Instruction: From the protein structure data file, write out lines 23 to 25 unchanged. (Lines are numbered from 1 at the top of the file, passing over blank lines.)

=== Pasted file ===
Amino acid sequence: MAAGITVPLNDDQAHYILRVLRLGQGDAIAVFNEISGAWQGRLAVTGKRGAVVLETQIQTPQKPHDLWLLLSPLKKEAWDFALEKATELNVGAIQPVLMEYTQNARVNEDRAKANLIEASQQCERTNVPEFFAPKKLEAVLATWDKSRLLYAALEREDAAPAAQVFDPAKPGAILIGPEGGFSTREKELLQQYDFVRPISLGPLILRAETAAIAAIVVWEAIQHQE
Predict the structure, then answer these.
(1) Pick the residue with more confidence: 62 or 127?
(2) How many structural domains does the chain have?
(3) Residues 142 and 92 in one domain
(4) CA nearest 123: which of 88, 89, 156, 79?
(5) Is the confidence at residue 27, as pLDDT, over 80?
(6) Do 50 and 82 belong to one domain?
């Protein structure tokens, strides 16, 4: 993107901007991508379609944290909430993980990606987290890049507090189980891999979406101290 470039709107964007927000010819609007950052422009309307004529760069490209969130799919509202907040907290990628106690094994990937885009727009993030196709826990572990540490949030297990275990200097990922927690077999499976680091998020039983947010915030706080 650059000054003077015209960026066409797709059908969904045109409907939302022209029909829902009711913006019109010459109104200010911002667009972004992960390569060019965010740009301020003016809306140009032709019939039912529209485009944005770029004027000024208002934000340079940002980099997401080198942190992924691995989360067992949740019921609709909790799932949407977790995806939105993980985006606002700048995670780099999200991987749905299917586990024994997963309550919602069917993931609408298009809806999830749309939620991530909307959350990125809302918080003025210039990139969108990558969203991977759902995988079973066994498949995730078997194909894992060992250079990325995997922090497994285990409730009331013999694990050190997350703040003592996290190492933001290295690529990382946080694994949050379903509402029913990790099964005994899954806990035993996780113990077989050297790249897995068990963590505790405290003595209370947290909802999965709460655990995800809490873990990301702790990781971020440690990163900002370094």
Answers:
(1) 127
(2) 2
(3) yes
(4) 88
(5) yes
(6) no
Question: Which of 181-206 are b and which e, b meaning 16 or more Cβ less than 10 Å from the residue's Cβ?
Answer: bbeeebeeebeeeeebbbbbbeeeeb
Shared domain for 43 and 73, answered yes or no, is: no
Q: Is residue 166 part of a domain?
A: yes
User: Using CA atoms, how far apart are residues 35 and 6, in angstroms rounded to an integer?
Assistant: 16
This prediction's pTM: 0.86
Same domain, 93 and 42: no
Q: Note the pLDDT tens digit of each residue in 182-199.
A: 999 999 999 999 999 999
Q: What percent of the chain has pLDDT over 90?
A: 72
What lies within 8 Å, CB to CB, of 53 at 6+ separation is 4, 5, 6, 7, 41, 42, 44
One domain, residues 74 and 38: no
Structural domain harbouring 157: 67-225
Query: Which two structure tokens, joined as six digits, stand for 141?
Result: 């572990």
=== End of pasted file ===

Assistant: 16
This prediction's pTM: 0.86
Same domain, 93 and 42: no